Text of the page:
skip navigation

PUBLICATIONS

Register for Latest Research

Stay Informed
Register with NCJRS to receive NCJRS's biweekly e-newsletter JUSTINFO and additional periodic emails from NCJRS and the NCJRS federal sponsors that highlight the latest research published or sponsored by the Office of Justice Programs.

NCJRS Abstract

The document referenced below is part of the NCJRS Virtual Library collection. To conduct further searches of the collection, visit the Virtual Library. See the Obtain Documents page for direction on how to access resources online, via mail, through interlibrary loans, or in a local library.

 

NCJ Number: 97553 Find in a Library
Title: Michigan vs Long
Corporate Author: Legal Update Systems
United States of America
Project Director: B Mattos; D Jensen; K Blase
Date Published: 1985
Sponsoring Agency: Illinois Administrative Office of the Courts
Springfield, IL 62706
Legal Update Systems

Not Available Through National Institute of Justice/NCJRS Document Loan Program
Rockville, MD 20849
Sale Source: Illinois Administrative Office of the Courts
Supreme Court Building
Springfield, IL 62706
United States of America

Not Available Through National Institute of Justice/NCJRS Document Loan Program
Rockville, MD 20849
United States of America
Language: English
Country: United States of America
Annotation: This police training video cassette, accompanied by an audio cassette, reenacts the incident that led to the U.S. Supreme Court's decision in Michigan vs. Long and highlights the principles of that decision.
Abstract: The decision specifies the motives of police in conducting a protective search of an automobile detained in a routine traffic stop. Two patrol officers observed a car, traveling erratically at excessive speed, swerve down a side road, and land in a shallow ditch. Long met the officers at the rear of his car and appeared to be 'under the influence of something.' Long began walking toward the vehicle, but when the officers observed a large hunting knife on the floorboard of the driver's side of the car, they stopped Long and subjected him to a pat-down. One of the officers shined his flashlight into the car to search for other weapons and noticed that something was protruding from under the armrest on the front seat. The officer inspected the pouch and arrested Long for possession of marijuana. The U.S. Supreme Court determined that the circumstances clearly justified the officers in their reasonable belief that Long posed a danger if he were permitted to reenter his vehicle. Further, the Court determined that the leather pouch containing marijuana could have contained a weapon. Thus, the officer's intrusion was 'strictly circumscribed by the exigencies which justified its initiation.' A booklet accompanies the cassettes and provides detailed facts concerning the case and discusses the Supreme Court's decision.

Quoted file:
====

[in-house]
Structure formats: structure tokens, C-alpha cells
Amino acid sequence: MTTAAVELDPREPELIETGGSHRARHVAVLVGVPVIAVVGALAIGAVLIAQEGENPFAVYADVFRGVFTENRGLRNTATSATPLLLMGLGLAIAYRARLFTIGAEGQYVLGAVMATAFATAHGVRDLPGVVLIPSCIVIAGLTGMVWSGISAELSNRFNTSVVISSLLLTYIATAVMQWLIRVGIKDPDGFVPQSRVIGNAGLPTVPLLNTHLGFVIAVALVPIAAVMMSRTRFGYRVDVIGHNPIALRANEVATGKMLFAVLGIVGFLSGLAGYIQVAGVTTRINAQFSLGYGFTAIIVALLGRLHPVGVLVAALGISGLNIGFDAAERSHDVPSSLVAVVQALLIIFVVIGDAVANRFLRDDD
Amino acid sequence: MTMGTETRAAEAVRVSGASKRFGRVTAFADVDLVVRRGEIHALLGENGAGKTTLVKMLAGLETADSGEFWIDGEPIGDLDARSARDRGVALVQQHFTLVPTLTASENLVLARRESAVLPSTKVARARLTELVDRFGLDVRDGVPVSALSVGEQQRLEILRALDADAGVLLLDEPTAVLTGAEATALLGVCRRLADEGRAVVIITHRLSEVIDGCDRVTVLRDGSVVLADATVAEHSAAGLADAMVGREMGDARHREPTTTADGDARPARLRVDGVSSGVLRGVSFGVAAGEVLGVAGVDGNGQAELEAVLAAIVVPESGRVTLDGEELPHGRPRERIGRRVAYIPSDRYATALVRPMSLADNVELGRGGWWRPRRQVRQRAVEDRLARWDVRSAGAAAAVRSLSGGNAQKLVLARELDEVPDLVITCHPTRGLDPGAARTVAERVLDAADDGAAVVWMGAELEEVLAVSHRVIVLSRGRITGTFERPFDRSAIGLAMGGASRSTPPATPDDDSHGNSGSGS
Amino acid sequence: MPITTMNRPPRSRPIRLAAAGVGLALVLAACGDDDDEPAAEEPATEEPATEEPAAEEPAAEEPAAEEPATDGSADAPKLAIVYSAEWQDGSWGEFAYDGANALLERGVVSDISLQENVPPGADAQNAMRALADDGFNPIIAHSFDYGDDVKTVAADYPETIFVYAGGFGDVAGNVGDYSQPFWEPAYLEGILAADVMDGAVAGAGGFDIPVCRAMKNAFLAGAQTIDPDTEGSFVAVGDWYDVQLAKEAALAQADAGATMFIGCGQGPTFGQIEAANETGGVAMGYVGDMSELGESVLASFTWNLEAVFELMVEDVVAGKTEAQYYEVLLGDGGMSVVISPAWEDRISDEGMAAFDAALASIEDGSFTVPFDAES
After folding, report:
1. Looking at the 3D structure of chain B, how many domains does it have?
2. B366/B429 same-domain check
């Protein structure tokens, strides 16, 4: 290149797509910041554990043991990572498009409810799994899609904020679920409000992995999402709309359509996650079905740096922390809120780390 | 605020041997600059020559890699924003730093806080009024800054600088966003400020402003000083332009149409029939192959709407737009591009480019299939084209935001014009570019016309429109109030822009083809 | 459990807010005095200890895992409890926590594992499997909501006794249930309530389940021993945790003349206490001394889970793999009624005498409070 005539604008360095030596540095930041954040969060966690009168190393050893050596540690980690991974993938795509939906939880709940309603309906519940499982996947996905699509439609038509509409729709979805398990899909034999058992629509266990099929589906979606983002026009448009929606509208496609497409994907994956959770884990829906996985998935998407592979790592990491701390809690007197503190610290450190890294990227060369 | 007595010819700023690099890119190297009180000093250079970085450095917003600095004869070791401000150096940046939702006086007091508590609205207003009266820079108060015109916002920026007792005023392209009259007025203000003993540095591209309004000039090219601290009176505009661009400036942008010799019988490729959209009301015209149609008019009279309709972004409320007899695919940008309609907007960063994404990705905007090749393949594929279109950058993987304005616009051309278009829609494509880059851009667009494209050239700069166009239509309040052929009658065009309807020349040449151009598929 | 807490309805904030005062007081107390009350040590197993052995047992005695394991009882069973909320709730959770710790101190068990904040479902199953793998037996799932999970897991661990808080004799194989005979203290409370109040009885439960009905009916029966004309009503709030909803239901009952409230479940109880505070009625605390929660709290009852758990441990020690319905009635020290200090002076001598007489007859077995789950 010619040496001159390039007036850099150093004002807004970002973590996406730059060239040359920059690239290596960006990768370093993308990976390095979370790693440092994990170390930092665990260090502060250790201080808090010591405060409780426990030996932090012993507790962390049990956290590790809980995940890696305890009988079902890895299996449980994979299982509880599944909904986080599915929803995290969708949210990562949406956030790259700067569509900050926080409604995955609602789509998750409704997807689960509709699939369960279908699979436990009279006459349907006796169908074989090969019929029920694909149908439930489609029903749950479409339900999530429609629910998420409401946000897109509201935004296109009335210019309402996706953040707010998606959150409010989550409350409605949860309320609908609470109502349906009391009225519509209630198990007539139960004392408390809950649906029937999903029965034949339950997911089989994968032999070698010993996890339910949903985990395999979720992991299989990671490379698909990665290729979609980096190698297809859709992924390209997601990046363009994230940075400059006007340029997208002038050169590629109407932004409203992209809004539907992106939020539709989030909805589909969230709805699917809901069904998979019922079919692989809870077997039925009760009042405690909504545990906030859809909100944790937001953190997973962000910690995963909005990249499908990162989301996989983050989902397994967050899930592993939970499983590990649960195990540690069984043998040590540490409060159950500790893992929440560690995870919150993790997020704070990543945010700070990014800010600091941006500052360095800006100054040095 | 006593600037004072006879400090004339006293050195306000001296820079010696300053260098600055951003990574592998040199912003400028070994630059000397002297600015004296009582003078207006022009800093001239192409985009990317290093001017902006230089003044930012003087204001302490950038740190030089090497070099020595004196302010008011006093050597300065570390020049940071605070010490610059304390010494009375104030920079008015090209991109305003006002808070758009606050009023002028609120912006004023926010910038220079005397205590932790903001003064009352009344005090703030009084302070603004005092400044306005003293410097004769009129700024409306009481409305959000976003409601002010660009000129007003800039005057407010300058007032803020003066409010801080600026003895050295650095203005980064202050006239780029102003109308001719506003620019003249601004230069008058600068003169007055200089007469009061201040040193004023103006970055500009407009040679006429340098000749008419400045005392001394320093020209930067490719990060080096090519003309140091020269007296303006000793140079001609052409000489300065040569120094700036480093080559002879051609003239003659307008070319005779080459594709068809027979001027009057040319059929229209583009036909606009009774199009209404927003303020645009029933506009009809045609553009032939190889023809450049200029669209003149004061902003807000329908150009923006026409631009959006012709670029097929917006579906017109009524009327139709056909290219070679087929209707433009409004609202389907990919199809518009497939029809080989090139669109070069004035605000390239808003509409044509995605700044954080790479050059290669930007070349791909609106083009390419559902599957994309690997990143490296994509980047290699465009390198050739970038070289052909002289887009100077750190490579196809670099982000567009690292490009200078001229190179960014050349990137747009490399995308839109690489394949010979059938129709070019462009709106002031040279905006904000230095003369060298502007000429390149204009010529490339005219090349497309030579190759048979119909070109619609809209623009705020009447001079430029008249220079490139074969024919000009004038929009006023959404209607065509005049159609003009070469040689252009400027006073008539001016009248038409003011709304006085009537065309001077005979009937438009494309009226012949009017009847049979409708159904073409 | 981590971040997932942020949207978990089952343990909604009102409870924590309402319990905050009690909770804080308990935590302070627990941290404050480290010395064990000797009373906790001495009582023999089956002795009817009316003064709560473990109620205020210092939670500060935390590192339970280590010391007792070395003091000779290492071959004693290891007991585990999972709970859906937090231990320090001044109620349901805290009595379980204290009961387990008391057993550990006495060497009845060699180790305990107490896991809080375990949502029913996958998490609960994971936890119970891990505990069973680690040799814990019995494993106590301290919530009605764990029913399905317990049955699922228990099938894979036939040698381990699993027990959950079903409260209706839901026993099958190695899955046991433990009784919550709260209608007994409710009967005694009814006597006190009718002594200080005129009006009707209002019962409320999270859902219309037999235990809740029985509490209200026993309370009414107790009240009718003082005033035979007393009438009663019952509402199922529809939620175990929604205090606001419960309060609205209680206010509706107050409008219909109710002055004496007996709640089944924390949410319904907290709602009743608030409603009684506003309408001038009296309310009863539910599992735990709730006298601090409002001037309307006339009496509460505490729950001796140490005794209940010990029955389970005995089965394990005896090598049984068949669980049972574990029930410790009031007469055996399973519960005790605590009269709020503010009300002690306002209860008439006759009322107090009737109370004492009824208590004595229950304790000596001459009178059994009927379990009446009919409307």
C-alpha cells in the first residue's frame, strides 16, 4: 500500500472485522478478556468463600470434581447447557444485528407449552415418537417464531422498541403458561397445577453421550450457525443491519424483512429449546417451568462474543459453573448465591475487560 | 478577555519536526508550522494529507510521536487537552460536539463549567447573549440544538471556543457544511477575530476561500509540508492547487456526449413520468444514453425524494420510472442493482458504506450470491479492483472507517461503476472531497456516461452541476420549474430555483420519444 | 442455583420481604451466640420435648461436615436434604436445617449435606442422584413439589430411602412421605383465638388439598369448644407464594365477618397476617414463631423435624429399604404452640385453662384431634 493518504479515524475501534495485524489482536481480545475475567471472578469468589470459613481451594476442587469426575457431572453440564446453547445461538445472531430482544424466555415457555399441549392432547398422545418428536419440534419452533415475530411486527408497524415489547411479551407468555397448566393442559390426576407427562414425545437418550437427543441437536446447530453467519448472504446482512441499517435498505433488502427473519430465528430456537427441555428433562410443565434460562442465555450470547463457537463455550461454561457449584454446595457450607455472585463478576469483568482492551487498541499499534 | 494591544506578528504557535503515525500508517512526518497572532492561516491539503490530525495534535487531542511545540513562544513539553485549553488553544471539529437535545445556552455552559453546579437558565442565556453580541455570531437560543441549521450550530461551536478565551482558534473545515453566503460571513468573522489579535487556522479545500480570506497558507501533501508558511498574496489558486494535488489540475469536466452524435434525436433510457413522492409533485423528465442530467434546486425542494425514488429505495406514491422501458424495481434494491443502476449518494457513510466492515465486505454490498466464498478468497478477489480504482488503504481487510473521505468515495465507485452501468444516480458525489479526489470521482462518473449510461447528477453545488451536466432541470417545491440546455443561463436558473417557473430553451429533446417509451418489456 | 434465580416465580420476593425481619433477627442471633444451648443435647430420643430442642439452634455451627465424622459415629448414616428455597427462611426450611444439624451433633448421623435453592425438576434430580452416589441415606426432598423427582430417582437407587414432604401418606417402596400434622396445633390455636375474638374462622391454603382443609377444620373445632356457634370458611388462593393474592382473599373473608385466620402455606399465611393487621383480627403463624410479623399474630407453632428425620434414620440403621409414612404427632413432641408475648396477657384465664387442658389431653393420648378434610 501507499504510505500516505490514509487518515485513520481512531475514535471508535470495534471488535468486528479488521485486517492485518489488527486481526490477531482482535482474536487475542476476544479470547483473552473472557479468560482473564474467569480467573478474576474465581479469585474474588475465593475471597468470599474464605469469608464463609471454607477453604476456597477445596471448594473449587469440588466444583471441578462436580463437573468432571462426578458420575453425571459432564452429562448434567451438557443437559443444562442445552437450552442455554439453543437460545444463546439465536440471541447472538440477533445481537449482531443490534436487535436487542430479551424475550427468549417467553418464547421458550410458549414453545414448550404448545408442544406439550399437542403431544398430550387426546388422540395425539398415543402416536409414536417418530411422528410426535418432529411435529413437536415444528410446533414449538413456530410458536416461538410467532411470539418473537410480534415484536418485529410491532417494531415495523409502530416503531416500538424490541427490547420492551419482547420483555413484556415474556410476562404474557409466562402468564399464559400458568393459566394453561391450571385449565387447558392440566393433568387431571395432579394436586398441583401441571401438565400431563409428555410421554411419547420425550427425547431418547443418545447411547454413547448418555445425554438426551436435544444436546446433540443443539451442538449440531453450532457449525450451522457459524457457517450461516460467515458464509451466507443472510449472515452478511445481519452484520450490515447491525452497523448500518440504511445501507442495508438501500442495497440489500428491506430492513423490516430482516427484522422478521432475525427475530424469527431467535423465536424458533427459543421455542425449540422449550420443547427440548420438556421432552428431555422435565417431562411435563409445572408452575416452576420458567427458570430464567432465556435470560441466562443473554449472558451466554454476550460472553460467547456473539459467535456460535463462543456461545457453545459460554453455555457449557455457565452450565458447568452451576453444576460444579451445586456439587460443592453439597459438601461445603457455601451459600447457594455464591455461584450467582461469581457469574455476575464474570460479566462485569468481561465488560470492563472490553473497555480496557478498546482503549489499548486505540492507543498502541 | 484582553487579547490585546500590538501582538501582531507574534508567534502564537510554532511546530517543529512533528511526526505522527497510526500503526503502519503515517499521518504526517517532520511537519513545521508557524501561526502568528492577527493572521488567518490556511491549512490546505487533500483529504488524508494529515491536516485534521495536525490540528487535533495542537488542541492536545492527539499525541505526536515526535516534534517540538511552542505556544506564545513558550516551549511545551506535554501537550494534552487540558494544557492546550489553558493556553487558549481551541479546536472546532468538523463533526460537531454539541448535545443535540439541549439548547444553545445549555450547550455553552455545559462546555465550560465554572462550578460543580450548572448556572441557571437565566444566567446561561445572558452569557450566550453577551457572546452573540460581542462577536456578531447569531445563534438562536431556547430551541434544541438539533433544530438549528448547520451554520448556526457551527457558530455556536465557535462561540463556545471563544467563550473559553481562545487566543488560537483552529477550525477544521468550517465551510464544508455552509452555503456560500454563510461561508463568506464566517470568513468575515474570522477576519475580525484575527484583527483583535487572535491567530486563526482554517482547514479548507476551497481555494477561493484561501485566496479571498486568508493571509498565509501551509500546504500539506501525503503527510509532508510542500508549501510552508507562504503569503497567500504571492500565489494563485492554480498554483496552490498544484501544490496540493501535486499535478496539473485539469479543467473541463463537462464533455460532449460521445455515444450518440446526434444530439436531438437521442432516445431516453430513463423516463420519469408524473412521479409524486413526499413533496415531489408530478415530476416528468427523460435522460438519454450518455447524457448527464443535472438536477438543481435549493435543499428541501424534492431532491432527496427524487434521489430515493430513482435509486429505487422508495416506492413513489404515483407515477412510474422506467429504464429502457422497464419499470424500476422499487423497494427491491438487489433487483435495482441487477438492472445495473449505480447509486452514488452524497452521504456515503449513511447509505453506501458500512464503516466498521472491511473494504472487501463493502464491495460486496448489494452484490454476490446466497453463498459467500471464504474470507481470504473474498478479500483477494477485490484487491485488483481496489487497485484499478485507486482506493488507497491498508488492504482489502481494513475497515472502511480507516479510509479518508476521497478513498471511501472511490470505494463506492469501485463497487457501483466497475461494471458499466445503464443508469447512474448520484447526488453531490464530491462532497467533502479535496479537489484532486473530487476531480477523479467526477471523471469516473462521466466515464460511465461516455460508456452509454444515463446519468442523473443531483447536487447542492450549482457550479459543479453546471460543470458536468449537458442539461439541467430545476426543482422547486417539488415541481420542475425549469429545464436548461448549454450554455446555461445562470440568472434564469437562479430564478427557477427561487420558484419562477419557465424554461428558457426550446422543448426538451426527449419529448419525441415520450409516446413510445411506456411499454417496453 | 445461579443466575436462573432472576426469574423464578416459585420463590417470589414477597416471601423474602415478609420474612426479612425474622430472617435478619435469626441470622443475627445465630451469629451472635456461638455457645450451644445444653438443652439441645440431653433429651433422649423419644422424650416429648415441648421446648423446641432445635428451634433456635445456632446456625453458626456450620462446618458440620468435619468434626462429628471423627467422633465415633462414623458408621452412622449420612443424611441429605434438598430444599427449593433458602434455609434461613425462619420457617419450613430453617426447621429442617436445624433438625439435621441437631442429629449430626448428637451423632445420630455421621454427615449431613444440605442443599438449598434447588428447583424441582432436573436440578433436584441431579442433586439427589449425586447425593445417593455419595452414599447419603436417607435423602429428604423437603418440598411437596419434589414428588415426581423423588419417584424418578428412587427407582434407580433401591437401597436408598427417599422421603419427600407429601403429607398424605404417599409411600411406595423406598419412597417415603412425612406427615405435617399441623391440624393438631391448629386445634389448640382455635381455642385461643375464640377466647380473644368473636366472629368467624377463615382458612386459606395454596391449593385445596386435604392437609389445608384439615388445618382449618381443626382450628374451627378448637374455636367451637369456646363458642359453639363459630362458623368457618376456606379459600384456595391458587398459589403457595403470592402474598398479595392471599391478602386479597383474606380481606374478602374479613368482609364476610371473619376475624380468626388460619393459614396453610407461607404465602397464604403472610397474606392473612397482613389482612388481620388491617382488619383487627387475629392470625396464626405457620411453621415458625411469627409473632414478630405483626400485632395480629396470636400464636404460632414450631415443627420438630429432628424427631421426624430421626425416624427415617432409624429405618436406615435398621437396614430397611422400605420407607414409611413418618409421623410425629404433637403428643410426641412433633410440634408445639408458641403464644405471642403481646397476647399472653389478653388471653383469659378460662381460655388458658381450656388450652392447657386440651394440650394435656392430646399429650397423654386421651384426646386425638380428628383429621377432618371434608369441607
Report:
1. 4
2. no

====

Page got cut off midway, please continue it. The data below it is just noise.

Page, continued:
Index Term(s): Marijuana; Police legal training; US Supreme Court decisions; Vehicle searches; Videotapes; Warrantless search; Weapons violations
Note: *This document is currently unavailable from NCJRS. Video cassette, 8:45 minutes in length, color, rental is available from sales source.
To cite this abstract, use the following link:
http://www.ncjrs.gov/App/publications/abstract.aspx?ID=97553

*A link to the full-text document is provided whenever possible. For documents not available online, a link to the publisher's website is provided. Tell us how you use the NCJRS Library and Abstracts Database - send us your feedback.